CONSCIENTIOUS COOKING: The grilled hanger steak on the lunch menu at Equinox (818 Connecticut Ave. NW; 202-331-8118) is dressed up with an arugula salad, pickled red onions and Parmesan-flavored bechamel, but that's not all that distinguishes the meat from that of the competition's. Equinox's beef, from a producer in the Midwest, is also designated on the menu as "certified humane."
In other words, the food comes from animals that are raised on a healthful diet free of hormones and antibiotics, with sufficient shelter and space to exercise, as well as "the ability to engage in natural behaviors," according to the guidelines established by Humane Farm Animal Care (703-435-3883), a nonprofit organization based in Herndon. Chickens get room to flap their wings and dust-bathe, for example, and pigs aren't confined to crates that don't allow them to stand up.
Ellen Gray, the general manager at Equinox, considers such branding "the next phase in the evolution of labeling." Since September, her downtown Washington restaurant has been serving beef, chicken and pork products that carry a seal of approval from Humane Farm Animal Care, which provides viable standards for farm animal food production. "Factory food needs some opposition," Gray says.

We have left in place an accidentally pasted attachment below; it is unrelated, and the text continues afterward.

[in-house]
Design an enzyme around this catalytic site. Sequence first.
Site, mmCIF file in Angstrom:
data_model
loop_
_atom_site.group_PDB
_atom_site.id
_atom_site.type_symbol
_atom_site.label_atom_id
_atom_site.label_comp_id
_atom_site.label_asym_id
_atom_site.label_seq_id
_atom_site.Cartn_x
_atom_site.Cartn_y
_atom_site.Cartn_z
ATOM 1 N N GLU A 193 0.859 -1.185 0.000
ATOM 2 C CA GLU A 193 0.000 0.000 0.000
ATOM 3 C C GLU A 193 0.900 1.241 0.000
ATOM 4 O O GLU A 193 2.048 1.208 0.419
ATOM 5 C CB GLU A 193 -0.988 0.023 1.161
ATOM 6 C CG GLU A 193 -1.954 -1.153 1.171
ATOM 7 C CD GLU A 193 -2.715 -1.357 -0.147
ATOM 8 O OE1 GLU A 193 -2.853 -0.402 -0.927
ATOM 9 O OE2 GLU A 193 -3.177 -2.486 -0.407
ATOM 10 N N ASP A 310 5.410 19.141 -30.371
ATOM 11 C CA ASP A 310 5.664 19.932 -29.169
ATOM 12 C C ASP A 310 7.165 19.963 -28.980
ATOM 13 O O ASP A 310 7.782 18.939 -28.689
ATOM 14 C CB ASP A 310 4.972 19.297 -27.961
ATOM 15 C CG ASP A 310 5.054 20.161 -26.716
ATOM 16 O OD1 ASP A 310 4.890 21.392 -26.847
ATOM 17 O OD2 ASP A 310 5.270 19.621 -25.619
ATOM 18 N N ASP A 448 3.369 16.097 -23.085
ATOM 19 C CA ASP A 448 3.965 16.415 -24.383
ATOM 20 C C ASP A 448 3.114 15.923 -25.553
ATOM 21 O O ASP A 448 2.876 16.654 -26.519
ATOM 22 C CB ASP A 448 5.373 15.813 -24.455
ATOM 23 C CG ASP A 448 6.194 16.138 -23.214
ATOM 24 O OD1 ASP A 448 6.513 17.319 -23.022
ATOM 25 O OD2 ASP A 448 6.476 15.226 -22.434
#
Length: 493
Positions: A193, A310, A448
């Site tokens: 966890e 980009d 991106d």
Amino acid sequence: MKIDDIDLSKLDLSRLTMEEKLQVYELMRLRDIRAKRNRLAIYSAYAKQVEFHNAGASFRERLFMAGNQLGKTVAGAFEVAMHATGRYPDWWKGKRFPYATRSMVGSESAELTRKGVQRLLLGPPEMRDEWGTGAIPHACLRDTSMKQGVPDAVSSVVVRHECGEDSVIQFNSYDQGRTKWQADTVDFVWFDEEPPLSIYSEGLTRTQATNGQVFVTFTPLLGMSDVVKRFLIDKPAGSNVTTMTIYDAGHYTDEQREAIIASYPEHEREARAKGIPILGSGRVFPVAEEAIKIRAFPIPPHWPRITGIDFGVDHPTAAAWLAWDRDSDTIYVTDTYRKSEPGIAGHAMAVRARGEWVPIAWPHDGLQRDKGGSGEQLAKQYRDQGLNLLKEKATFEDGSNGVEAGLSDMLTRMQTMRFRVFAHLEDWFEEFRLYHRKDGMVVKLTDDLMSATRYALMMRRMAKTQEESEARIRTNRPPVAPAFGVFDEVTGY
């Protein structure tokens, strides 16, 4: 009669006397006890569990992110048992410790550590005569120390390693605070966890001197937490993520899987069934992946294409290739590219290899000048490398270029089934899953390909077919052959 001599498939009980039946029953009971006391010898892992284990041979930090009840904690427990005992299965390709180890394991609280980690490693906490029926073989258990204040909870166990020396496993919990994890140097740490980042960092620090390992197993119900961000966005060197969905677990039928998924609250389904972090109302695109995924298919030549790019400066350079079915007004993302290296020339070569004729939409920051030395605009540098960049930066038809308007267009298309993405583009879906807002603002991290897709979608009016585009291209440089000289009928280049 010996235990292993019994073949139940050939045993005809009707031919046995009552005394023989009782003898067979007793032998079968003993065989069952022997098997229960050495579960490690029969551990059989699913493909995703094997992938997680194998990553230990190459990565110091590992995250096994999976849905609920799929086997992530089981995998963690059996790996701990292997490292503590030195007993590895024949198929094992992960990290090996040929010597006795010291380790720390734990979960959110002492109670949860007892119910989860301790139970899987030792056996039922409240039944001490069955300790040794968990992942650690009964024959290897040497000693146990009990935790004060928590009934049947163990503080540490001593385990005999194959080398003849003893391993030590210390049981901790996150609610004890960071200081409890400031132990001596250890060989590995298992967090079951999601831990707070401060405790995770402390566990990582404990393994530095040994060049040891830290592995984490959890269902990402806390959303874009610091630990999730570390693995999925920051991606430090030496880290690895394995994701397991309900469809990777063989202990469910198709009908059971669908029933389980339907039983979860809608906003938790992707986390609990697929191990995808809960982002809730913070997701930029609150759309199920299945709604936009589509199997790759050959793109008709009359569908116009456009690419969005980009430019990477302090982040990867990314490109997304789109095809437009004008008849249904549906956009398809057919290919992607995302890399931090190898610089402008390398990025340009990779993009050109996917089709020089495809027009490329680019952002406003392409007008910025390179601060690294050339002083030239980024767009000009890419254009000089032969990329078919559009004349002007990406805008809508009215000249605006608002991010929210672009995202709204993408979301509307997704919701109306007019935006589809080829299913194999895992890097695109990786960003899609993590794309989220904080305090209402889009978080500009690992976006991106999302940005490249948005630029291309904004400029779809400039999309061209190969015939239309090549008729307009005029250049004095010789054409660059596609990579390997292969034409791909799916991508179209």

To that end, she and her husband, chef Todd Gray, recently brought together a handful of area chefs and animal care experts to discuss the issue and conduct a taste test. The beef labeled "certified humane, raised & handled" says Todd Gray, proved richer in flavor than the other samples. Currently, products tagged that way cost about 35 to 40 percent more than even their best counterparts, concedes the chef, and "there's not a lot of this product out there."
That could change if consumers bother to ask for it, says Adele Douglass, executive director of Humane Farm Animal Care. Not quite two years old, her organization already has approved use of the certified humane symbol (see inset) for about 20 companies, covering hundreds of farms, in the United States. She sees the group's mission as an all-around win: By buying products that carry the label, consumers "help improve the lives of farm animals," she says. "Plus, [the dishes] taste good."